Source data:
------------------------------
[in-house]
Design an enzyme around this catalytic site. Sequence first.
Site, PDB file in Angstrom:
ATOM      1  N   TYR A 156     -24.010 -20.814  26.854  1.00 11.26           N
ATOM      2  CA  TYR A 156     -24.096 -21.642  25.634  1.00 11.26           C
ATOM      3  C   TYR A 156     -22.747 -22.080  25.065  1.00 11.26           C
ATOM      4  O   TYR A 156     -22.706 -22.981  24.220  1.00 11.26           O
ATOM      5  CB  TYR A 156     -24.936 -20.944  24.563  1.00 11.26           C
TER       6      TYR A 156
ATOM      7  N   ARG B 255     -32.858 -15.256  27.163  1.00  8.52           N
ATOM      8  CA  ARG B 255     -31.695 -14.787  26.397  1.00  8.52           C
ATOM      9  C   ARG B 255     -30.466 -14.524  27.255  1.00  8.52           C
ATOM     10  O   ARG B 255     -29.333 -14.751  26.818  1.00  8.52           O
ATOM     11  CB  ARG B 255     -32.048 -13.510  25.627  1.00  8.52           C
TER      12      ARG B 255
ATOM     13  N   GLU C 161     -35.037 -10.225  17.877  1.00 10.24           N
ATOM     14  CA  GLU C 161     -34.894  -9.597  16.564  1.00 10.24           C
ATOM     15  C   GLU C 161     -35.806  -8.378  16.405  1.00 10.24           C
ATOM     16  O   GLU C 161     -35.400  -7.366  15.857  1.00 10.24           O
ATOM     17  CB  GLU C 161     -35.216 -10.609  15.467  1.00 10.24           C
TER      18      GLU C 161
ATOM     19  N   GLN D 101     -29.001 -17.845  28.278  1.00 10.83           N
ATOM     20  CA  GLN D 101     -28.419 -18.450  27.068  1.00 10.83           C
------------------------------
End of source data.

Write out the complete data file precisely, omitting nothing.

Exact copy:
[in-house]
Design an enzyme around this catalytic site. Sequence first.
Site, PDB file in Angstrom:
ATOM      1  N   TYR A 156     -24.010 -20.814  26.854  1.00 11.26           N
ATOM      2  CA  TYR A 156     -24.096 -21.642  25.634  1.00 11.26           C
ATOM      3  C   TYR A 156     -22.747 -22.080  25.065  1.00 11.26           C
ATOM      4  O   TYR A 156     -22.706 -22.981  24.220  1.00 11.26           O
ATOM      5  CB  TYR A 156     -24.936 -20.944  24.563  1.00 11.26           C
TER       6      TYR A 156
ATOM      7  N   ARG B 255     -32.858 -15.256  27.163  1.00  8.52           N
ATOM      8  CA  ARG B 255     -31.695 -14.787  26.397  1.00  8.52           C
ATOM      9  C   ARG B 255     -30.466 -14.524  27.255  1.00  8.52           C
ATOM     10  O   ARG B 255     -29.333 -14.751  26.818  1.00  8.52           O
ATOM     11  CB  ARG B 255     -32.048 -13.510  25.627  1.00  8.52           C
TER      12      ARG B 255
ATOM     13  N   GLU C 161     -35.037 -10.225  17.877  1.00 10.24           N
ATOM     14  CA  GLU C 161     -34.894  -9.597  16.564  1.00 10.24           C
ATOM     15  C   GLU C 161     -35.806  -8.378  16.405  1.00 10.24           C
ATOM     16  O   GLU C 161     -35.400  -7.366  15.857  1.00 10.24           O
ATOM     17  CB  GLU C 161     -35.216 -10.609  15.467  1.00 10.24           C
TER      18      GLU C 161
ATOM     19  N   GLN D 101     -29.001 -17.845  28.278  1.00 10.83           N
ATOM     20  CA  GLN D 101     -28.419 -18.450  27.068  1.00 10.83           C